• 44.
    Chrcanovic, Bruno
    et al.
    Malmö högskola, Faculty of Odontology (OD). Malmö högskola, Biofilms Research Center for Biointerfaces.
    Albrektsson, Tomas
    Malmö högskola, Faculty of Odontology (OD). Malmö högskola, Biofilms Research Center for Biointerfaces.
    Wennerberg, Ann
    Malmö högskola, Faculty of Odontology (OD). Malmö högskola, Biofilms Research Center for Biointerfaces.
    Survival and complications of zygomatic implants: an updated systematic review2016In: Journal of oral and maxillofacial surgery (Print), ISSN 0278-2391, E-ISSN 1531-5053, Vol. 74, no 10, p. 1949-1964Article, review/survey (Refereed)
    Abstract [en]

    Purpose. To assess the survival rate of zygomatic implants (ZIs) and the prevalence of complications based on previously published studies. Methods. An electronic search was performed in December/2015 in three databases and was supplemented by hand-searching. Clinical series of ZIs were included. Interval survival rate (ISR) and cumulative survival rate (CSR) were calculated. The untransformed proportion of complications (sinusitis, soft tissue infection, paresthesia, oroantral fistulas) was calculated, considering the prevalence reported in the studies. Results. Sixty-eight studies were included, comprising 4556 ZIs in 2161 patients, with 103 failures. The 12-year CSR was 95.21%. Most failures were detected within the six-month postsurgical period. Studies (n=26) that exclusively evaluated immediate loading showed a statistically lower ZI failure rate than studies (n=34) evaluating delayed loading protocols (P=0.003). Studies (n=5) evaluating ZIs for the rehabilitation of patients after maxillary resections presented lower survival rates. The probability of presenting postoperative complications with ZIs was as follows: sinusitis 2.4% (95%CI 1.8-3.0), soft tissue infection 2.0% (95%CI 1.2-2.8), paresthesia 1.0% (95%CI 0.5-1.4), oroantral fistulas 0.4% (95%CI 0.1-0.6). However, these numbers may be underestimated, as many studies failed to mention the prevalence of these complications. Conclusion. ZIs present a high 12-year CSR, with most failures occurring at the early stages postoperatively. The main observed complication related to ZIs was sinusitis, which may appear several years after ZI installation surgery.

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  • 45.
    Chrcanovic, Bruno
    et al.
    Malmö högskola, Faculty of Odontology (OD).
    Albrektsson, Tomas
    Malmö högskola, Faculty of Odontology (OD).
    Wennerberg, Ann
    Malmö högskola, Faculty of Odontology (OD).
    Tilted versus axially placed dental implants: a meta-analysis2015In: Journal of Dentistry, ISSN 0300-5712, E-ISSN 1879-176X, Vol. 43, no 2, p. 149-170Article, review/survey (Refereed)
    Abstract [en]

    OBJECTIVES: The purpose of the present review was to test the null hypothesis of no difference in the implant failure rate, marginal bone loss, and postoperative infection for patients being rehabilitated by tilted or by axially placed dental implants, against the alternative hypothesis of a difference. METHODS: An electronic search without time or language restrictions was undertaken in July 2014. Eligibility criteria included clinical human studies, either randomised or not, interventional or observational. The estimates of an intervention were expressed in risk ratio (RR) and mean difference (MD) in millimetres. RESULTS: The search strategy resulted in 44 publications. A total of 5029 dental implants were tilted (82 failures; 1.63%), and 5732 implants were axially placed (104 failures; 1.81%). The difference between the procedures did not significantly affect the implant failure rates (P=0.40), with a RR of 1.14 (95% CI 0.84-1.56). A statistically significant difference was found for implant failures when studies evaluating implants inserted in maxillae only were pooled (RR 1.70, 95% CI 1.05-2.74; P=0.03), the same not happening for the mandible (RR 0.77, 95% CI 0.39-1.52; P=0.45). There were no apparent significant effects of tilted dental implants on the occurrence of marginal bone loss (MD 0.03, 95% CI -0.03 to 0.08; P=0.32). Due to lack of satisfactory information, meta-analysis for the outcome 'postoperative infection' was not performed. CONCLUSIONS: It is suggested that the differences in angulation of dental implants might not affect the implant survival or the marginal bone loss. The reliability and validity of the data collected and the potential for biases and confounding factors are some of the shortcomings of the present study. CLINICAL SIGNIFICANCE: The question whether tilted implants are more at risk for failure than axially placed implants has received increasing attention in the last years. As the philosophies of treatment alter over time, a periodic review of the different concepts is necessary to refine techniques and eliminate unnecessary procedures. This would form a basis for optimum treatment.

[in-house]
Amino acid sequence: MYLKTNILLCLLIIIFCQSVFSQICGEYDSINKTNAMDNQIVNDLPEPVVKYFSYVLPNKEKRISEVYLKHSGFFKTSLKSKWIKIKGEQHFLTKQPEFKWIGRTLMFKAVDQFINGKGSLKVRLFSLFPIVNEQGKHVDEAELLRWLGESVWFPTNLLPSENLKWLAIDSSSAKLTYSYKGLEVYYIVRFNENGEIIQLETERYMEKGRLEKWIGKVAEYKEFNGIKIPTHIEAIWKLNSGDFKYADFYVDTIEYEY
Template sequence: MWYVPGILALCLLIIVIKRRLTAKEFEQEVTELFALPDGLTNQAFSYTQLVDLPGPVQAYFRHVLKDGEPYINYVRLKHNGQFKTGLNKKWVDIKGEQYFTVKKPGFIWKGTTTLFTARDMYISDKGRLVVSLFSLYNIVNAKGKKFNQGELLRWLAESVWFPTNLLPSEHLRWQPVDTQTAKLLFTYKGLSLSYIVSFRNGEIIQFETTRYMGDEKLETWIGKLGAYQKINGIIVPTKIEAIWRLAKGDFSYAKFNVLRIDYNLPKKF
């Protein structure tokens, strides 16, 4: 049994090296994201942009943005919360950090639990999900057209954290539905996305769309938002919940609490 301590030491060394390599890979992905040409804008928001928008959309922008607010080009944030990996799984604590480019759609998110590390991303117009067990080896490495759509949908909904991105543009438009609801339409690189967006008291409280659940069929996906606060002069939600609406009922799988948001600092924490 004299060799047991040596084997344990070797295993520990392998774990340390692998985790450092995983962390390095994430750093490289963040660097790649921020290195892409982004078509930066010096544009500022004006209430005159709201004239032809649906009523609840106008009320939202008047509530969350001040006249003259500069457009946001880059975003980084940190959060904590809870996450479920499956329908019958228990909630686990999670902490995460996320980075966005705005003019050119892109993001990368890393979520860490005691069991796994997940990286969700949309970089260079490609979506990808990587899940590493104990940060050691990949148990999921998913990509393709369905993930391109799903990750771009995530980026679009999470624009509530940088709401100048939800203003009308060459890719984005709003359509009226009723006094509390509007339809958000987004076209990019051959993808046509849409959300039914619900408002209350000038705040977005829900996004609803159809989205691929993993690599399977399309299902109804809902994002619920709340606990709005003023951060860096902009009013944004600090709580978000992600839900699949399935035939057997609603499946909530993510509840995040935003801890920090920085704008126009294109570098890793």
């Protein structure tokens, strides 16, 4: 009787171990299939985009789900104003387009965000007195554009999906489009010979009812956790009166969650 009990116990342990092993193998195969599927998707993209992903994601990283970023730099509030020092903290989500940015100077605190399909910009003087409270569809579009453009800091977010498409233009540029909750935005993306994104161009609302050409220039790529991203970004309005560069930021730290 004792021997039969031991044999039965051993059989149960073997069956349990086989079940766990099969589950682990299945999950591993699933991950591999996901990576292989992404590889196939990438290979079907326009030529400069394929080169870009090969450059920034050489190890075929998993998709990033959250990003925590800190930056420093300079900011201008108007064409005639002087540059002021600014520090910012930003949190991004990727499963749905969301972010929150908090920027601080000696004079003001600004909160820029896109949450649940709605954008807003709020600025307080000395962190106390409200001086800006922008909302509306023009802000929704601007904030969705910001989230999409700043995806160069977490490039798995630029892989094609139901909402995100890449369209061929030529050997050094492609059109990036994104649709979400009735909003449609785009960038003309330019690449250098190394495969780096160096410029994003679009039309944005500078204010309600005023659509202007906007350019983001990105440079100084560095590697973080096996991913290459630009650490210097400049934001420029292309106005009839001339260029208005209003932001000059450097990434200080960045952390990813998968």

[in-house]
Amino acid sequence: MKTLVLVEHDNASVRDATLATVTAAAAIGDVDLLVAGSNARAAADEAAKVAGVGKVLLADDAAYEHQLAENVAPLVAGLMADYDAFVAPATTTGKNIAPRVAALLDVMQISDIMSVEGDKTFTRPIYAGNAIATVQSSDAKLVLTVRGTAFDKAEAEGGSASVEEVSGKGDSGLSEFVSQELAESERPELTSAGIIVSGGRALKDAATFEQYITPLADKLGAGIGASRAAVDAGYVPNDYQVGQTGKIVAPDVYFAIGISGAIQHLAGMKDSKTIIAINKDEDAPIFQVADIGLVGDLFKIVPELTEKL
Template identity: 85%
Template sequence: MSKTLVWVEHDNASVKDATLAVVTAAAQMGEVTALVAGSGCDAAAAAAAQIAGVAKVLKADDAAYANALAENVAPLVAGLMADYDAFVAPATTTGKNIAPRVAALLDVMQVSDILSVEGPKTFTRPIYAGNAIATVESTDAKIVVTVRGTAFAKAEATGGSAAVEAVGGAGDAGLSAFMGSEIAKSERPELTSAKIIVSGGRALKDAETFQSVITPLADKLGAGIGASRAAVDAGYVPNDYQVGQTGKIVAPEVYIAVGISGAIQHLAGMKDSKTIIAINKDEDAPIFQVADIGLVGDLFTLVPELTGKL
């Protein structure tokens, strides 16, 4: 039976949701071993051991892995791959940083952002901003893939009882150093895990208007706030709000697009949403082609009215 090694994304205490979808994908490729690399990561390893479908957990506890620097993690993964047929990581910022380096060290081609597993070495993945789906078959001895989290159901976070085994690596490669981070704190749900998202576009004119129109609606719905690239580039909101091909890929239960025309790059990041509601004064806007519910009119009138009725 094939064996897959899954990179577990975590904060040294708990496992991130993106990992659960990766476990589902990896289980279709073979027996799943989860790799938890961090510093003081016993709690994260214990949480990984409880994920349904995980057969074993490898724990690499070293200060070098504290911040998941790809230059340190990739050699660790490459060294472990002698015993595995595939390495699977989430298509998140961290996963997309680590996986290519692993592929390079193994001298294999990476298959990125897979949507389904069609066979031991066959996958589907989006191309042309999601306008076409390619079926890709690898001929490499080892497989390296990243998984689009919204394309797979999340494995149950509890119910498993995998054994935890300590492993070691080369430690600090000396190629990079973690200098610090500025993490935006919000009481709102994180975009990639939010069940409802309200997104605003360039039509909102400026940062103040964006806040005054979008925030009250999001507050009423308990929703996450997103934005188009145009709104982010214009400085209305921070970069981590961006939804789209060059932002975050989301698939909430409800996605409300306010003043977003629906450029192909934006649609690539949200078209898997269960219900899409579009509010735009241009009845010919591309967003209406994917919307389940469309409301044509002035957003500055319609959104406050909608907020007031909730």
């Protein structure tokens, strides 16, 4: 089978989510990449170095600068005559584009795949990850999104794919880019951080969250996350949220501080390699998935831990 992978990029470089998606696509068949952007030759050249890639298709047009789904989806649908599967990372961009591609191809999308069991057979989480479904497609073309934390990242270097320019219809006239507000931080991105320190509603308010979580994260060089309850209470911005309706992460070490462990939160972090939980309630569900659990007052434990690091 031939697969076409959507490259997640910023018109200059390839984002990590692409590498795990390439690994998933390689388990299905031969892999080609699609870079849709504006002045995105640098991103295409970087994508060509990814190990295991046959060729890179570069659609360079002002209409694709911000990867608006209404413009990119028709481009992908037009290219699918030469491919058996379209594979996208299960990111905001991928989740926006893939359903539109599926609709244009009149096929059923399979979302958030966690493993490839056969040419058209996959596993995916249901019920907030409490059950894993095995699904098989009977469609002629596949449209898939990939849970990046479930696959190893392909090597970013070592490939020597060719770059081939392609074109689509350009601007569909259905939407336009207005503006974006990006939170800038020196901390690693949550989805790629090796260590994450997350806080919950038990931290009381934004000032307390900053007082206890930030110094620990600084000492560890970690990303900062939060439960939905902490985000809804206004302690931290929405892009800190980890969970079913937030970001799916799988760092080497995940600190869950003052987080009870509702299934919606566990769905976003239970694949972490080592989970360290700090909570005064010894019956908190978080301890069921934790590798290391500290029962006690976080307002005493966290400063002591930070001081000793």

• 46.
    Chrcanovic, Bruno
    et al.
    Malmö högskola, Faculty of Odontology (OD). Malmö högskola, Biofilms Research Center for Biointerfaces.
    Albrektsson, Tomas
    Malmö högskola, Faculty of Odontology (OD). Malmö högskola, Biofilms Research Center for Biointerfaces.
    Wennerberg, Ann
    Malmö högskola, Faculty of Odontology (OD). Malmö högskola, Biofilms Research Center for Biointerfaces.
    Turned versus anodised dental implants: a meta-analysis2016In: Journal of Oral Rehabilitation, E-ISSN 1365-2842, Vol. 43, no 9, p. 716-728Article in journal (Refereed)
    Abstract [en]